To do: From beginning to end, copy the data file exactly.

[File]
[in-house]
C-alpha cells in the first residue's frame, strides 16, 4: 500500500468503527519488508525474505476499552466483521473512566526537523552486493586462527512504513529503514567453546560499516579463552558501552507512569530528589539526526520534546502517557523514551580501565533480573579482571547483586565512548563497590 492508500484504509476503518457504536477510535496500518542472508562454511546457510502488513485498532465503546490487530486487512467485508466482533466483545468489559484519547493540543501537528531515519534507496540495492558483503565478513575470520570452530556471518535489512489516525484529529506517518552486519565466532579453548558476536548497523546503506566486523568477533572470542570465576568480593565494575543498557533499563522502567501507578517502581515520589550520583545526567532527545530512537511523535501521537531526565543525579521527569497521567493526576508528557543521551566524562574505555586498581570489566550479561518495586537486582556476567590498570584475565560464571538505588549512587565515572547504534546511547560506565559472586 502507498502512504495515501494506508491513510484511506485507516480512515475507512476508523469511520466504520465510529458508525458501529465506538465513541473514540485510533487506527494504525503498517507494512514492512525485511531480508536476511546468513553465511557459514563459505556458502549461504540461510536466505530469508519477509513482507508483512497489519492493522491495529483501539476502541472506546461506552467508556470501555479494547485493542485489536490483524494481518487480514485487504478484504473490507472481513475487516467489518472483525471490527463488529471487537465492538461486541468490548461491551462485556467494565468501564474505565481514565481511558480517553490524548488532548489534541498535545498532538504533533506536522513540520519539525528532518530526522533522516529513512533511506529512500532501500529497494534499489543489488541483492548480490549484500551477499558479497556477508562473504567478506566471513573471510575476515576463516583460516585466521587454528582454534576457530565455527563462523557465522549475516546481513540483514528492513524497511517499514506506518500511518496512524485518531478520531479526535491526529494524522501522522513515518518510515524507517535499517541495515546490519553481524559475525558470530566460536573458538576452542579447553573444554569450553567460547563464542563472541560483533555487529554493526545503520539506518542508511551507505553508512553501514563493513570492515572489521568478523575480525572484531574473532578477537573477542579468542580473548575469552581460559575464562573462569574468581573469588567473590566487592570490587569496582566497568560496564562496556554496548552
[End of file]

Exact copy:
[in-house]
C-alpha cells in the first residue's frame, strides 16, 4: 500500500468503527519488508525474505476499552466483521473512566526537523552486493586462527512504513529503514567453546560499516579463552558501552507512569530528589539526526520534546502517557523514551580501565533480573579482571547483586565512548563497590 492508500484504509476503518457504536477510535496500518542472508562454511546457510502488513485498532465503546490487530486487512467485508466482533466483545468489559484519547493540543501537528531515519534507496540495492558483503565478513575470520570452530556471518535489512489516525484529529506517518552486519565466532579453548558476536548497523546503506566486523568477533572470542570465576568480593565494575543498557533499563522502567501507578517502581515520589550520583545526567532527545530512537511523535501521537531526565543525579521527569497521567493526576508528557543521551566524562574505555586498581570489566550479561518495586537486582556476567590498570584475565560464571538505588549512587565515572547504534546511547560506565559472586 502507498502512504495515501494506508491513510484511506485507516480512515475507512476508523469511520466504520465510529458508525458501529465506538465513541473514540485510533487506527494504525503498517507494512514492512525485511531480508536476511546468513553465511557459514563459505556458502549461504540461510536466505530469508519477509513482507508483512497489519492493522491495529483501539476502541472506546461506552467508556470501555479494547485493542485489536490483524494481518487480514485487504478484504473490507472481513475487516467489518472483525471490527463488529471487537465492538461486541468490548461491551462485556467494565468501564474505565481514565481511558480517553490524548488532548489534541498535545498532538504533533506536522513540520519539525528532518530526522533522516529513512533511506529512500532501500529497494534499489543489488541483492548480490549484500551477499558479497556477508562473504567478506566471513573471510575476515576463516583460516585466521587454528582454534576457530565455527563462523557465522549475516546481513540483514528492513524497511517499514506506518500511518496512524485518531478520531479526535491526529494524522501522522513515518518510515524507517535499517541495515546490519553481524559475525558470530566460536573458538576452542579447553573444554569450553567460547563464542563472541560483533555487529554493526545503520539506518542508511551507505553508512553501514563493513570492515572489521568478523575480525572484531574473532578477537573477542579468542580473548575469552581460559575464562573462569574468581573469588567473590566487592570490587569496582566497568560496564562496556554496548552